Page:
A similar example was related to me by al-’Uqab the Poet, one of our Bedouin troops.106 He said, ‘My father left Palmyra107headed for the market of Damascus, accompanied by four horsemen and four men on foot, leading eight camels for sale. My father said:
We were on our way when what should we see coming from the very heart of the desert but a horseman, who kept on coming until he was quite close to us. He said, ‘Leave the camels!’ We shouted at him and cursed him, so he charged his horse at us and speared one of our horsemen, unhorsing and wounding him. We chased after him but he kept on ahead. Then he turned back and said, ‘Leave the camels!’ We shouted and cursed him again, so he charged at us and speared one of our infantrymen, badly wounding him. We followed and he kept ahead, but then he turned back and charged, with us having lost two of our men. So one of our men confronted him. Our comrade thrust his spear at him, but the blow fell on his foe’s saddlebow and broke our comrade’s spear. The horseman now thrust his spear at our man and wounded him, then charged at us again and speared one of our men, felling him. He then said, ‘Leave the camels! If not, I will wipe you out!’ And so we said, ‘Come here and take half of them instead.’ ‘No,’ he replied, ‘set aside four of them and leave them standing there; then take your four and be off with you!’ And so we did, not trusting that we would escape with what he had let us keep. He led away those four camels as we watched, without being able to do anything about it. And so he went away with his plunder, and he was but a lone man while we were eight.
Another similar case occurred when Tancred, the lord of Antioch, made a raid on Shayzar, rustling a large quantity of our cattle and killing and taking prisoner some of our people. He encamped at a village called Zalin, in which there is an inaccessible cave hanging there in the middle of the mountain with no way to get to it climbing down from above or climbing up from below. Those seeking refuge there can only get down to it using ropes.
On that day, Thursday, 20 Rabi’ al-Akhir, the year  502 (27 November 1108), some devil of a Frankish horseman went to Tancred and said, ‘Make me a box out of wood which I can sit in. Then lower me from the mountaintop down to them by chains fastened to the box. That way, they won’t be able to cut them with their swords and send me falling.’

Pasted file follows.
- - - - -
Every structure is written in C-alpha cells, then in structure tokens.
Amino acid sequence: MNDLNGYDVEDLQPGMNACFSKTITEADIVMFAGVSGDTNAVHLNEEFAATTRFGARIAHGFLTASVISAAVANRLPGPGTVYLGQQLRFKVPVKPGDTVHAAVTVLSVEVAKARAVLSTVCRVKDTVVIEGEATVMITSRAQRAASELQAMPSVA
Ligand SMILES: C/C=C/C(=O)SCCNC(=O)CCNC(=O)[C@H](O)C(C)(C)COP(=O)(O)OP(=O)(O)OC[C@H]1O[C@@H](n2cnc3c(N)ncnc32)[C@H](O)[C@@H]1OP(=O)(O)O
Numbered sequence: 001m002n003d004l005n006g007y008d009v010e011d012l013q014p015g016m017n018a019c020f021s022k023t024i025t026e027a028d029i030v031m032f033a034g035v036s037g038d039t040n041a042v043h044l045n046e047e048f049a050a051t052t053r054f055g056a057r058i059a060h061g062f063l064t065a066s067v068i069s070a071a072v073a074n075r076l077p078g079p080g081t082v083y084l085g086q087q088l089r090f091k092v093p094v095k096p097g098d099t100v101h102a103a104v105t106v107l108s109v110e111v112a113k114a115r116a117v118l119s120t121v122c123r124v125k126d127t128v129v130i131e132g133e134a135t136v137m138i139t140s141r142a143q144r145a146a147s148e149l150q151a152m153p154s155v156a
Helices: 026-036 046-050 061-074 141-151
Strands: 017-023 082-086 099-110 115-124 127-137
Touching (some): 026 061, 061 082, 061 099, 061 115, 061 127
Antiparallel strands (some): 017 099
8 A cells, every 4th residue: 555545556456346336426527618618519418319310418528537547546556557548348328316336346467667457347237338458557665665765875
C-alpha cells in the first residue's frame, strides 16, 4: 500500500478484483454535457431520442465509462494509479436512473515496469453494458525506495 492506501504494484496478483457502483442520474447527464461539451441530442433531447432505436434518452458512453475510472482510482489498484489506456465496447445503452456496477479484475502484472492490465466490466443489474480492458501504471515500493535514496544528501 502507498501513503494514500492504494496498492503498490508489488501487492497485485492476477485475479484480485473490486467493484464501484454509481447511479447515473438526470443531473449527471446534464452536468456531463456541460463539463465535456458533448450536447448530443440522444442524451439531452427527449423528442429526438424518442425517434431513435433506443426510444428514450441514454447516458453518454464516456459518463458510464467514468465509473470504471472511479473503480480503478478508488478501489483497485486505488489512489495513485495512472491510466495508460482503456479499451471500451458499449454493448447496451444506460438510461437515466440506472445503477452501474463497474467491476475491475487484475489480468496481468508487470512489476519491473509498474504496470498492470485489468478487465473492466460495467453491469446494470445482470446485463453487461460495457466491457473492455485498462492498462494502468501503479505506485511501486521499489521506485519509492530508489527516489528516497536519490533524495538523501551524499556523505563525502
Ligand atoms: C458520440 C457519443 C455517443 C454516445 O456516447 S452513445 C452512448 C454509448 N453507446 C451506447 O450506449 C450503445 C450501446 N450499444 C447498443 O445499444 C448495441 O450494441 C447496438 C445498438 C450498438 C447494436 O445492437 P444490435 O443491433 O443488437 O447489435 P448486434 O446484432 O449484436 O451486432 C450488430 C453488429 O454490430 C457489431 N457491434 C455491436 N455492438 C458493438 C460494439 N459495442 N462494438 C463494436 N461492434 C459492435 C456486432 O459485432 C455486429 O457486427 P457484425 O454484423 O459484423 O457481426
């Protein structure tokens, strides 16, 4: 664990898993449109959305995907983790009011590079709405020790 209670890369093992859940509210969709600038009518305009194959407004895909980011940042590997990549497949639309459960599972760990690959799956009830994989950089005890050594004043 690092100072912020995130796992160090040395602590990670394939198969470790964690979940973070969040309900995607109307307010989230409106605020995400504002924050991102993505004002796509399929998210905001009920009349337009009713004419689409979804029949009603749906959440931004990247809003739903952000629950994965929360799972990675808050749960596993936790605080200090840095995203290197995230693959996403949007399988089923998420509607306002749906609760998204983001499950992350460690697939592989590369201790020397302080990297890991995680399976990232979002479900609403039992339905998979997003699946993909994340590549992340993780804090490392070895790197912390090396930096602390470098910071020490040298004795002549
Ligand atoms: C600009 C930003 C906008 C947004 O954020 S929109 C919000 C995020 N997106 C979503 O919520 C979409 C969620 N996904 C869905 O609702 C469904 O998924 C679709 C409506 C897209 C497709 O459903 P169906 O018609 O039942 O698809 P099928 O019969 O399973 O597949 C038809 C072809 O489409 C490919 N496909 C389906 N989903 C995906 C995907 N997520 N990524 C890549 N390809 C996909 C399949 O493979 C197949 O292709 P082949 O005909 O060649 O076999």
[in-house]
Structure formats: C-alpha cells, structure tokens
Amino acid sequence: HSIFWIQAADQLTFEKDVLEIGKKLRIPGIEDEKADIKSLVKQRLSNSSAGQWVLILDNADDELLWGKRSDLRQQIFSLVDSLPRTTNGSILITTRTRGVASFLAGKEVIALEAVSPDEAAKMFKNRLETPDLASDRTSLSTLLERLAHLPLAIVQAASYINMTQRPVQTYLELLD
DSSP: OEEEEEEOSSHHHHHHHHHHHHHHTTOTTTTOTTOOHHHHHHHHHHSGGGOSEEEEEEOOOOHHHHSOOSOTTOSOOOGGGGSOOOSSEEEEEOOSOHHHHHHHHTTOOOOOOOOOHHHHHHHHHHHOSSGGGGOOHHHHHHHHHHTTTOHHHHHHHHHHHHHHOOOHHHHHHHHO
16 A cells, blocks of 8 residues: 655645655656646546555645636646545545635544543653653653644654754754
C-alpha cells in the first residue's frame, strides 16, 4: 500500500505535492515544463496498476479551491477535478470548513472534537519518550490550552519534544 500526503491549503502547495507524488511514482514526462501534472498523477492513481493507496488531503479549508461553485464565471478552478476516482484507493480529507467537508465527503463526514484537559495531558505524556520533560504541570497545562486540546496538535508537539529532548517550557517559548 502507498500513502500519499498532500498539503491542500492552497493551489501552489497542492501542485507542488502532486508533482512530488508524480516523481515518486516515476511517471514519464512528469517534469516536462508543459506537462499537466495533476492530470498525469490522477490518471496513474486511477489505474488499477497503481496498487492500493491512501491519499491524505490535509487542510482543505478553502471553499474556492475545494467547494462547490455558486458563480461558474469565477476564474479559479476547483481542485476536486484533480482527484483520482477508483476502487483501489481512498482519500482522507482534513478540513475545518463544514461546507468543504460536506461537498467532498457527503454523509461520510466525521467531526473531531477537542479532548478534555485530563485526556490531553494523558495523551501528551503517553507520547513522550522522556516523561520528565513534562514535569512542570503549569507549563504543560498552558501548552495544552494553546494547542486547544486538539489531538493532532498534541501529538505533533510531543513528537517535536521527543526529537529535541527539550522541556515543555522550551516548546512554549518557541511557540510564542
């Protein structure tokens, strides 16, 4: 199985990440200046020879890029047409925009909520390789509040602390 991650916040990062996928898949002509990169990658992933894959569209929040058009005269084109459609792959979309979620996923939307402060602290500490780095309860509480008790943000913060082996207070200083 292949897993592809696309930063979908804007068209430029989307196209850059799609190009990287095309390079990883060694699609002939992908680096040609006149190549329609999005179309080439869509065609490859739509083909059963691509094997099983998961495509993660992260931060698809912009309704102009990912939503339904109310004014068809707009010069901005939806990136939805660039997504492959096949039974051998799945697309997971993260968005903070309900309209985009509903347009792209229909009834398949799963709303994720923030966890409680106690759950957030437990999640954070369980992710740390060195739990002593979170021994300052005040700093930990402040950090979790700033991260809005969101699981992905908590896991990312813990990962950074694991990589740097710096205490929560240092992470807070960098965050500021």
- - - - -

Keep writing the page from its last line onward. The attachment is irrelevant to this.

So they made him a box and lowered him on the suspended chains down to the cave and he captured it, bringing down everyone in it to Tancred. That was because the cave was one large room, containing no place where the people could secrete themselves. So that Frank just shot arrows at them; not an arrow fell that did not strike someone, thanks to the narrowness of the place and the large number of people in it.
§§ Digression: A Bridal Surprise
Among those who were taken captive that day was a woman of noble Arab stock. Prior to this, she had been described to my uncle Sultan (may God have mercy upon him) while she was still living at the home of her father. So my uncle sent an old woman, one of our followers, to have a look at her. Whether because they had switched women on her or whether she had seen some other woman, our old woman came back describing her, her beauty and her intelligence. So my uncle engaged her and married her. But when she was then introduced to him, he saw something that had not been described to him,108 not to mention the fact that she was a mute. So he paid her dowry and sent her back to her people. It was this woman who was taken prisoner by the Franks on that day, taken from the home of her people. But my uncle said, ‘I will not let a woman whom I have married and who has uncovered herself before me become a prisoner of the Franks!’ and he ransomed her back (may God have mercy upon him) for five hundred dinars and delivered her to her family.